P       RNCU   REPO   ODER       E            P O S T M O D E R N
P  TMOD RNCU  U EP S  ODER  ULTU E               C U L T U R E
P  TMODERNCU  UREPOS  ODER  ULTU E          an electronic journal
P  TMODERNCU  UREPOS  ODER       E           of interdisciplinary
Volume 12, Number 2 (May, 2002)                    ISSN: 1053-1920

Editors:                            Lisa Brawley
	                            James F. English

Editors Emeritus:                   Eyal Amiran				     
				    Stuart Moulthrop
                                    John Unsworth

Review Editor:                      Paula Geyh

Managing Editor:                    Bill Albertini
				    Claire Chantell

Research Assistants:                Elizabeth Bridgham
                                    David Smyrda
				    Jordan Taylor

Editorial Board:                                           

     Michael Berube                 Patrick O'Donnell
     Nahum Chandler                 Elaine Orr
     Heesok Chang	            Bob Perelman
     J. Yellowlees Douglas          Marjorie Perloff
     Diane Gromala                  Fred Pfeil
     Graham Hammill                 Peggy Phelan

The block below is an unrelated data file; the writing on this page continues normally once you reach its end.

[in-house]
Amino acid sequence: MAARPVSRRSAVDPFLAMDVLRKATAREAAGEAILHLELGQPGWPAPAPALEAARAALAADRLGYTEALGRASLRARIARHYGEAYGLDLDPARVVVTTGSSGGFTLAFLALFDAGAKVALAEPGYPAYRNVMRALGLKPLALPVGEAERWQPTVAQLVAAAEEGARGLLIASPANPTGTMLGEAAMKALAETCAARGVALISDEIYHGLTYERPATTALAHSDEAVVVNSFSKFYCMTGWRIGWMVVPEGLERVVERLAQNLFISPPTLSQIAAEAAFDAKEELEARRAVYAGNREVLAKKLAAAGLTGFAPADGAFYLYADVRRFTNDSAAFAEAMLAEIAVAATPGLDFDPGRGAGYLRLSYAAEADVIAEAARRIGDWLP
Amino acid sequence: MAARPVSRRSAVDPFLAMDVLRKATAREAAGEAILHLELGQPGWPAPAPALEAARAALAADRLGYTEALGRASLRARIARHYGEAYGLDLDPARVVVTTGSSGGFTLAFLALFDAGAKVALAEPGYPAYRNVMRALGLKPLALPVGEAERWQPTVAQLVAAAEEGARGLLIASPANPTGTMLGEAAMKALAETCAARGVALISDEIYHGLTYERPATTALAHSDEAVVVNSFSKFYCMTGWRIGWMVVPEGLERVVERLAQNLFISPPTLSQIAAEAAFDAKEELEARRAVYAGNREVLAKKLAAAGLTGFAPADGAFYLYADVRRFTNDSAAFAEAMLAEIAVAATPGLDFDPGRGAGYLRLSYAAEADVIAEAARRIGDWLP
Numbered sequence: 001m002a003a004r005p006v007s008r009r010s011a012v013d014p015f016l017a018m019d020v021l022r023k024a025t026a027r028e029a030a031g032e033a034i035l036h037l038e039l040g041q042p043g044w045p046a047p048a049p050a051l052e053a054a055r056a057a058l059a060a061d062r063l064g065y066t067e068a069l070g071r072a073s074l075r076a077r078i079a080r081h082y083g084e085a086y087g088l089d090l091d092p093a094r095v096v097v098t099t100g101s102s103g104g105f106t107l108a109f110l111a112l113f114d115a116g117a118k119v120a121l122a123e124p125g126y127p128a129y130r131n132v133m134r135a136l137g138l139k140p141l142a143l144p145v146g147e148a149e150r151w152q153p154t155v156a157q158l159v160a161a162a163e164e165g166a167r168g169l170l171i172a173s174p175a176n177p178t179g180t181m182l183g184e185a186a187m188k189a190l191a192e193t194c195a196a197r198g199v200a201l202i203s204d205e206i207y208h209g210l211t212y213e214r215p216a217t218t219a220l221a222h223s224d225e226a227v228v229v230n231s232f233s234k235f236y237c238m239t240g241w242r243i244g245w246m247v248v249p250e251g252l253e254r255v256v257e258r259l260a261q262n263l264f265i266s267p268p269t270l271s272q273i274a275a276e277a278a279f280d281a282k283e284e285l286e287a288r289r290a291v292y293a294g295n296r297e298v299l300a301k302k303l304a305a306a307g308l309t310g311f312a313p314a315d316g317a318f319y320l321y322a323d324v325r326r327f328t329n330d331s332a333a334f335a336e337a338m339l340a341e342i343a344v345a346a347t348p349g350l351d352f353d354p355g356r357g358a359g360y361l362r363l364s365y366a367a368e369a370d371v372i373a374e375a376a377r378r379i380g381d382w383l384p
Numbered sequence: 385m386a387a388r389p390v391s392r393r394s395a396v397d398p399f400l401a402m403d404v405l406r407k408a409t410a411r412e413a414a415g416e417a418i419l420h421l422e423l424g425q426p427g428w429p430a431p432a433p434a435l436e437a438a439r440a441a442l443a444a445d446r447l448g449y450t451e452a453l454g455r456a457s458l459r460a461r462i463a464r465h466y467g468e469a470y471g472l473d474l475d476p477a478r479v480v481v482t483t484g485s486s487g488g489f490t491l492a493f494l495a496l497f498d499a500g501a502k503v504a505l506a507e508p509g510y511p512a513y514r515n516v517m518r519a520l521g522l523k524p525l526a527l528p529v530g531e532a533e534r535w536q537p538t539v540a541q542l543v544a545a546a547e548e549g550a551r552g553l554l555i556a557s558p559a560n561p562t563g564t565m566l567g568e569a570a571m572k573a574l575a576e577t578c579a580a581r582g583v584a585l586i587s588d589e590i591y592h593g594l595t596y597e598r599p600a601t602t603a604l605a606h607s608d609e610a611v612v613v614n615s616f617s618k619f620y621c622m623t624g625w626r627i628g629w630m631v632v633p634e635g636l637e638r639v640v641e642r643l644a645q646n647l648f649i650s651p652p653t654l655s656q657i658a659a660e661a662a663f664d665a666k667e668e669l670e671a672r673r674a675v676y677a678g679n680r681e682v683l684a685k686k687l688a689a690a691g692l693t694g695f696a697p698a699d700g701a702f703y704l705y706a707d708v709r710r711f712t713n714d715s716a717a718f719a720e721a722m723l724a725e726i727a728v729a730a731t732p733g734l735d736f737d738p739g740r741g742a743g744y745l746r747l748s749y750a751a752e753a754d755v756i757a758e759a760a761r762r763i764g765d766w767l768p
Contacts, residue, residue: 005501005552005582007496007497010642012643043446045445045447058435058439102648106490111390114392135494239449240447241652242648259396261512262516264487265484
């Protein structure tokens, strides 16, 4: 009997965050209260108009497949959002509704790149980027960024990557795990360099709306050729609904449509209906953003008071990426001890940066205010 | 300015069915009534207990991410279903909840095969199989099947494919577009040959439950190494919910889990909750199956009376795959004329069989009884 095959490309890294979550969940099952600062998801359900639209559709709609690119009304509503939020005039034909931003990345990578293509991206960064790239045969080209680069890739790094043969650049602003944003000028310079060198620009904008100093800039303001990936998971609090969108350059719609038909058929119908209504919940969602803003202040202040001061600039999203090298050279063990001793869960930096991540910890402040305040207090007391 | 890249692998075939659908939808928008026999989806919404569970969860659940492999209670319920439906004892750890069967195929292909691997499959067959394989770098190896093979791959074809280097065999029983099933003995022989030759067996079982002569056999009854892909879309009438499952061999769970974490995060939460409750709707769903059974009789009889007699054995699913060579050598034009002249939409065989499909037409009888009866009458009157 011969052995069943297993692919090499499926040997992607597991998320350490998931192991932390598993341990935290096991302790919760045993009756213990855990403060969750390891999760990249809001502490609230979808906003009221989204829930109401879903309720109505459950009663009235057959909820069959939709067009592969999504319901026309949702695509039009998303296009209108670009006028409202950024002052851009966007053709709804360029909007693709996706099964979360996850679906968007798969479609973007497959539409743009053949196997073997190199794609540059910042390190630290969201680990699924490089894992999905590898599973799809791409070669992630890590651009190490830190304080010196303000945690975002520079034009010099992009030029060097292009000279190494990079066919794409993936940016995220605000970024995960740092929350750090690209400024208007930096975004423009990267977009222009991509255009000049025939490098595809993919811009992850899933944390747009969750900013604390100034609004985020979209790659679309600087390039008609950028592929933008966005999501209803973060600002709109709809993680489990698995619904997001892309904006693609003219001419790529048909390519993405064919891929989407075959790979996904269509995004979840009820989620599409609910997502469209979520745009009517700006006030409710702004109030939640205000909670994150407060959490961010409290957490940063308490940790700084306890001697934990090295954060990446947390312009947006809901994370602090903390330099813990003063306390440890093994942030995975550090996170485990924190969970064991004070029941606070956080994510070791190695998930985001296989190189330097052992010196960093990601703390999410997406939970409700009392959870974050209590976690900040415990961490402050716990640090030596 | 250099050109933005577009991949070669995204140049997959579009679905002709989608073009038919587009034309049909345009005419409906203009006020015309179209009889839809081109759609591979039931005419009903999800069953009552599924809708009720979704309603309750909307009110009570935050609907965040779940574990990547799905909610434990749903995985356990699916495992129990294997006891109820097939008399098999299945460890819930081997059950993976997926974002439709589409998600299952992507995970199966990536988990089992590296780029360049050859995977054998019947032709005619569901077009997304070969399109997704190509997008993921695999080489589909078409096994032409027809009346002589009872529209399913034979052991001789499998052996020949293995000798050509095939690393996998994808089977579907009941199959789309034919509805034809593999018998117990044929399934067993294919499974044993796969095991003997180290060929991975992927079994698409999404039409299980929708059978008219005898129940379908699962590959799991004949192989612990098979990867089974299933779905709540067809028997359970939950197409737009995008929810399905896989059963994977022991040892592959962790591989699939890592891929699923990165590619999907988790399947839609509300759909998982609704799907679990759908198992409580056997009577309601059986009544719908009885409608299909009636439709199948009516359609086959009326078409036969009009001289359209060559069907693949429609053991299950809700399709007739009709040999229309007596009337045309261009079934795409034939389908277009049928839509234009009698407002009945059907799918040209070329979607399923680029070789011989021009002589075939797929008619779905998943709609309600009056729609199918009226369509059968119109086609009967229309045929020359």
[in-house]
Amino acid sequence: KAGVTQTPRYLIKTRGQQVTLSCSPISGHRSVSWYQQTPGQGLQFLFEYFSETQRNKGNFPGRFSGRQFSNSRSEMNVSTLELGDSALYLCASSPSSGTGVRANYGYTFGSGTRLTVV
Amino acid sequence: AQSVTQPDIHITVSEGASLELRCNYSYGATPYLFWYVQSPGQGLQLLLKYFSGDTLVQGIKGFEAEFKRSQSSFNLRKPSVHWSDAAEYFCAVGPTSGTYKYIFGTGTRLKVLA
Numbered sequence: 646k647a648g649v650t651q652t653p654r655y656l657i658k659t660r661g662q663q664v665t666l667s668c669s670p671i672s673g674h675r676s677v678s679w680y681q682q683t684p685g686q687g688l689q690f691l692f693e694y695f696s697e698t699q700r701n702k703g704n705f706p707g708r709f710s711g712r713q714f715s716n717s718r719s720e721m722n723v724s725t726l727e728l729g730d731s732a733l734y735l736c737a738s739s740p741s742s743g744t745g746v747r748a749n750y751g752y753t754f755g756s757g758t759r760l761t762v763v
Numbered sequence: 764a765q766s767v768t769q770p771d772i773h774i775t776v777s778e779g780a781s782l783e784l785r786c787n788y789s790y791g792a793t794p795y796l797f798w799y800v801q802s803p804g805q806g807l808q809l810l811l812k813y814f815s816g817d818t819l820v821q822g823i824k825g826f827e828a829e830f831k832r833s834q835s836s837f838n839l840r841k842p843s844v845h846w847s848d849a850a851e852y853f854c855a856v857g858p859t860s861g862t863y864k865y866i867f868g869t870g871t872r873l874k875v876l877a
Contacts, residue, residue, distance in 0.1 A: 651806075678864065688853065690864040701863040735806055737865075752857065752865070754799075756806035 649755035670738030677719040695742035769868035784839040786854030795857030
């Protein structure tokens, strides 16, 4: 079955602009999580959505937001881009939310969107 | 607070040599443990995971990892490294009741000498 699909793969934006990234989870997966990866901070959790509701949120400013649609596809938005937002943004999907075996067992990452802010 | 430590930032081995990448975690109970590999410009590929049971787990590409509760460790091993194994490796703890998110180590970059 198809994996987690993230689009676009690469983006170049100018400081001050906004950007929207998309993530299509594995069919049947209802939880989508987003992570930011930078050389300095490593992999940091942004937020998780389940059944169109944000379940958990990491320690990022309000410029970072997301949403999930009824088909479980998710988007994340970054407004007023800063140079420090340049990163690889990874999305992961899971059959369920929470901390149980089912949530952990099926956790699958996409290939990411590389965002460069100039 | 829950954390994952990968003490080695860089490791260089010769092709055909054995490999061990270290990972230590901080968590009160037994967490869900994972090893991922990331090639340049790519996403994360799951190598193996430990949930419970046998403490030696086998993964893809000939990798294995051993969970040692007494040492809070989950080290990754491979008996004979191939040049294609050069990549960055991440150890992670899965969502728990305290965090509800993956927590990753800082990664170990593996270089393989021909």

David Herman                   David Porush
     E. Ann Kaplan                  Mark Poster	
     Barbara Kirshenblatt-Gimblett  Susan Schultz
     Neil Larsen                    William Spanos
     Tan Lin                        Allucquere Roseanne Stone
     Saree Makdisi                  Gary Lee Stonum
     Jerome McGann                  Rei Terada
     Larysa Mykyta                  Paul Trembath
     Jim Morrison                   Greg Ulmer
     Chimalum Nwankwo                                          
    Scott Michaelsen and Scott Cutler Shershow, "Practical 
    Politics at the Limits of Community: The Cases of
    Affirmative Action and Welfare"
    Samir Dayal, Inhuman Love: Jane Campion's The Piano" 
    Brian Donahue, "Marxism, Postmodernism, Zizek"
    Jim Hicks, "'What's It Like There?': Desultory Notes on the 
    Representation of Sarajevo"
                           Collaborative Hypertext
    Thomas Swiss and Seb Chevrel, "The Narrative You 
    Anticipate You May Produce" 
                               Review Essay
    Matthew Hart, "Solvent Abuse: Irvine Welsh and Scotland." 
    A review of Irvine Welsh, Glue. New York: Norton, 2001.
    Lisa Hopkins, "Returning to the Mummy." A review of 
    The Mummy Returns. Dir. Stephen Sommers. Perf. Brendan 
    Fraser, Rachel Weisz, and Arnold Vosloo. MCA/Universal, 2001.
    Christopher Pizzino, "A Legacy of Freaks." A review of 
    Slavoj Zizek, The Fragile Absolute, or, Why is the Christian 
    Legacy Worth Fighting For? New York: Verso, 2000. 
    Alexander H. Pitofsky, "Profit and Stealth in the 
    Prison-Industrial Complex." A review of Joseph T. 
    Hallinan, Going Up the River: Travels in a Prison Nation. New 
    York: Random House, 2001. 
    Jason B. Jones, "Sexuality's Failure: The Birth of History." 
    A review of Tim Dean, Beyond Sexuality. Chicago: U of 
    Chicago P, 2000, and Charles Shepherdson, Vital Signs: Nature,